Marriages in Times of Distress: Part Two | Foundations Bible College





Sermon Library

RSS Feed
Dr. O. Talmadge Spence


Marriages in Times of Distress: Part Two

Founder of Foundations Bible College
Date: Dec 5, 1993
Service Type: Sunday Evening Sermon
Text: 1 Corinthians 7:1–2, 5–17, 25–40
Download MP4 () - Right-click and choose “Save Link As” or “Save Target As”
Download MP3 (8.2MB) - Right-click and choose “Save Link As” or “Save Target As”
0:00 / 0:00
FBC Sermon Audio Player


The second message of two dealing with the Christian view of marriage in times of trouble with a balanced setting forth of the blessing of marriage and its need even in distressful times.

Sermon Notes

Excerpts from the sermon:

“We should not raise our children by remote control from dance floors or the work place through incompetent people. I really believe we have got to raise our own children.”

“There is also barrenness. A barren woman now longs for a child, and those that can have them will abort them, and there are those who choose barrenness by occupation and career, and they waited too long, and they hurt themselves. I know that a twenty-year old mother raising babies seems to be an indulgence upon the totally immature, but it`s not easy to have birth of babies at thirty-five to forty, and then raise them in your fifties. The Bible in the Pauline Epistles actually states that it`s good for young women to bear children when they`re young.”

“Paul is constantly in this chapter saying now, Marry but don`t marry. You may marry if you`re careful but don`t marry if you are not careful. And he begins to set up a series of things, and immediately he has to correct that. He says that we cannot avoid a fornicating, distressful period at Corinth by not getting married. We need to get married. That was his first word. And then he also encourages, do not refrain from being with one another in love. He immediately establishes marriage as a becoming attitude in the face of fornication, and he encourages the manifestation of personal love.”

“Nevertheless he that standeth stedfast in his heart, having no necessity, but hath power over his own will, and hath so decreed in his heart that he will keep his virgin, doeth well. So then he that giveth her in marriage doeth well. We finally got the secret of that in verse thirty-eight. It`s a father with a virgin daughter. I`ve heard people quote this thing very bad. It`s a father who has a daughter that is a virgin. I`ve heard just this year some of you, my daughter is getting up, growing now—I`ve got to think about this—who is she going to marry. This is before anybody else ever thinks about her marrying. This is a man with his virgin, and I believe that every man that has a daughter, for a while, never wants her to get married. I don`t want her to ever get married. I even have that feeling about my grandchildren. You going to have to really persuade this whole family for it to happen. I had a daughter, my wife and I. I didn`t want her to get married, and I believe we passed through that, and here is what he says now. But if any man think that he behaveth himself uncomely toward his virgin,—by saying I don`t want you to marry—but if she passes the flower of her age, and begins to get beyond a marriageable age, go ahead and let her get married. Let her marry.”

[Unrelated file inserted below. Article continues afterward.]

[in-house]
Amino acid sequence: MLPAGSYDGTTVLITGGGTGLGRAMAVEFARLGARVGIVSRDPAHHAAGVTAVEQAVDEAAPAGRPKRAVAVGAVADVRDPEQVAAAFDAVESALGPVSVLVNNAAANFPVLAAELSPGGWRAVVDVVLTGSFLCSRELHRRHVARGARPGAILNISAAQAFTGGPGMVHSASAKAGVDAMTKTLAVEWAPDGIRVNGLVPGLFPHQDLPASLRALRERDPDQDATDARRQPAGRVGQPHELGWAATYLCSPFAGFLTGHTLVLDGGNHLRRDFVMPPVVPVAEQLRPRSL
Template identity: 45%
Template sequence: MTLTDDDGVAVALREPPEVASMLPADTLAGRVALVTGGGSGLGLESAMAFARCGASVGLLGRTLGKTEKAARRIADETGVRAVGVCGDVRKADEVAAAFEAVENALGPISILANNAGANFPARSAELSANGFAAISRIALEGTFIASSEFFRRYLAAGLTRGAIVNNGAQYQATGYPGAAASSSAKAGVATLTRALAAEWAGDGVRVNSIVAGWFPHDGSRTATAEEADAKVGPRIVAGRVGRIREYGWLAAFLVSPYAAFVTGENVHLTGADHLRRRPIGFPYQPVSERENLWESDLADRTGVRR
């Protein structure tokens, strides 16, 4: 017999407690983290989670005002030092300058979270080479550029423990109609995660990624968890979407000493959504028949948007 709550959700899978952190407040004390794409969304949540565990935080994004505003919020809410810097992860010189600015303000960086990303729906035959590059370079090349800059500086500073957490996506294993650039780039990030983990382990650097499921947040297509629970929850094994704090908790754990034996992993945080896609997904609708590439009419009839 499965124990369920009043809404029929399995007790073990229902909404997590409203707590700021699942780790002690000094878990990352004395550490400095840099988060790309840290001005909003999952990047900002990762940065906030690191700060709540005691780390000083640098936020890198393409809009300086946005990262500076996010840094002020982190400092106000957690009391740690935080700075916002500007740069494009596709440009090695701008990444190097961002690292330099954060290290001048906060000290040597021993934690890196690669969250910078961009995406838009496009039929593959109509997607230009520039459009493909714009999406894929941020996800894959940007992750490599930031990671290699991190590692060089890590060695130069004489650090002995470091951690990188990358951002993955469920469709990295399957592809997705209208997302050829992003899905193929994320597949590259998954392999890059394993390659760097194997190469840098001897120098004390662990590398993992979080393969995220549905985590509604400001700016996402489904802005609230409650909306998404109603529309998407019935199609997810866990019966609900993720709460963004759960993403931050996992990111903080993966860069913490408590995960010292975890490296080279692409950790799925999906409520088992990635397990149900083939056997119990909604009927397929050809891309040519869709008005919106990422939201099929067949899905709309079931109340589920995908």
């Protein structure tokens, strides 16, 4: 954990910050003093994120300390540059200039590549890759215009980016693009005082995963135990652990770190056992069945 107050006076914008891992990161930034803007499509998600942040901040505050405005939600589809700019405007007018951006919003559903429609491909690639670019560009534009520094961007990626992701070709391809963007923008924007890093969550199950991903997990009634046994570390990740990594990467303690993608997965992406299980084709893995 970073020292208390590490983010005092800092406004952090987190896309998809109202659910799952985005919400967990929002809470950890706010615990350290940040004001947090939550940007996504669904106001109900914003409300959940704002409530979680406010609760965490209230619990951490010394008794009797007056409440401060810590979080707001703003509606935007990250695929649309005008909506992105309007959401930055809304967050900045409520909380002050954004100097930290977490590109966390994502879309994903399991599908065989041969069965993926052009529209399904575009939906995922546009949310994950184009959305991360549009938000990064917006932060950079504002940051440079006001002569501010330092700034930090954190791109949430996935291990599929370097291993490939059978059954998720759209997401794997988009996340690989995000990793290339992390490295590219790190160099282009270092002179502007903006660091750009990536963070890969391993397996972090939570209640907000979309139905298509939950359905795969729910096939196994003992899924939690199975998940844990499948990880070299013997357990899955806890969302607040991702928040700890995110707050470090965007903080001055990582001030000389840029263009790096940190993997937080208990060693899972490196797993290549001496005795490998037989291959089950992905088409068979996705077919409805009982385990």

“By the way, potential mother-in-law, if your daughter ever falls in love with a day by day honest Christian, consider him as a candidate. He`s not bad if he is day by day living right. I know his hair points different and it`s red instead of your black, but let it go. It`s a trait.”

“I want all you young people tonight who are engaged or are contemplating—you don`t have to come with the boy—if you are contemplating in your heart about marriage: I want all you young people who are unmarried, who are contemplating—now we`re probably talking about high school, but you`re not going steady now—but you are truly contemplating marriage before the Lord. I wish you would come and kneel tonight and I wish all parents would come and kneel tonight.”